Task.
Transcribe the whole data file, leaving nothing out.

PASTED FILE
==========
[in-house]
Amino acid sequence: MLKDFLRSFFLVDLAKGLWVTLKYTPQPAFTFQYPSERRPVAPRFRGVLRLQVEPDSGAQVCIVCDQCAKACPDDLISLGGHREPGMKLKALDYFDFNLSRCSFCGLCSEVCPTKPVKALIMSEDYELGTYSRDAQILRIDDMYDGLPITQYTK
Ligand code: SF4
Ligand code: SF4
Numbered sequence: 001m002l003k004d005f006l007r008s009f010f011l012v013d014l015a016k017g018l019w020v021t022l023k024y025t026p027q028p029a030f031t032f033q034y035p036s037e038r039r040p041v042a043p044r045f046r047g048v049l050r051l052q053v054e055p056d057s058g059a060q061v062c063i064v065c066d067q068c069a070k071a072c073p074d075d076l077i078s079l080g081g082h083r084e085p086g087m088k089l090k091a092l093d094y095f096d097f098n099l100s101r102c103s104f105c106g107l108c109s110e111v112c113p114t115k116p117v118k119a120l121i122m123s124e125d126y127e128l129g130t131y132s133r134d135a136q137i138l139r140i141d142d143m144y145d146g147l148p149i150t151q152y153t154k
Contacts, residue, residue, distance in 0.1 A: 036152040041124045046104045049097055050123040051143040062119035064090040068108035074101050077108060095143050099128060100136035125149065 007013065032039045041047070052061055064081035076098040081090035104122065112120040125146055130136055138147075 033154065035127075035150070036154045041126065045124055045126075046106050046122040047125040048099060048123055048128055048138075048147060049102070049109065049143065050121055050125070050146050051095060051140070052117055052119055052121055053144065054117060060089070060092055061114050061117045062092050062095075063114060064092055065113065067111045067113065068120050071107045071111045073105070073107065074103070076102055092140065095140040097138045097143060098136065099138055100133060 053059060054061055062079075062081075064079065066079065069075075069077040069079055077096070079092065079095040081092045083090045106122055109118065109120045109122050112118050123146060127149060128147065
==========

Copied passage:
[in-house]
Amino acid sequence: MLKDFLRSFFLVDLAKGLWVTLKYTPQPAFTFQYPSERRPVAPRFRGVLRLQVEPDSGAQVCIVCDQCAKACPDDLISLGGHREPGMKLKALDYFDFNLSRCSFCGLCSEVCPTKPVKALIMSEDYELGTYSRDAQILRIDDMYDGLPITQYTK
Ligand code: SF4
Ligand code: SF4
Numbered sequence: 001m002l003k004d005f006l007r008s009f010f011l012v013d014l015a016k017g018l019w020v021t022l023k024y025t026p027q028p029a030f031t032f033q034y035p036s037e038r039r040p041v042a043p044r045f046r047g048v049l050r051l052q053v054e055p056d057s058g059a060q061v062c063i064v065c066d067q068c069a070k071a072c073p074d075d076l077i078s079l080g081g082h083r084e085p086g087m088k089l090k091a092l093d094y095f096d097f098n099l100s101r102c103s104f105c106g107l108c109s110e111v112c113p114t115k116p117v118k119a120l121i122m123s124e125d126y127e128l129g130t131y132s133r134d135a136q137i138l139r140i141d142d143m144y145d146g147l148p149i150t151q152y153t154k
Contacts, residue, residue, distance in 0.1 A: 036152040041124045046104045049097055050123040051143040062119035064090040068108035074101050077108060095143050099128060100136035125149065 007013065032039045041047070052061055064081035076098040081090035104122065112120040125146055130136055138147075 033154065035127075035150070036154045041126065045124055045126075046106050046122040047125040048099060048123055048128055048138075048147060049102070049109065049143065050121055050125070050146050051095060051140070052117055052119055052121055053144065054117060060089070060092055061114050061117045062092050062095075063114060064092055065113065067111045067113065068120050071107045071111045073105070073107065074103070076102055092140065095140040097138045097143060098136065099138055100133060 053059060054061055062079075062081075064079065066079065069075075069077040069079055077096070079092065079095040081092045083090045106122055109118065109120045109122050112118050123146060127149060128147065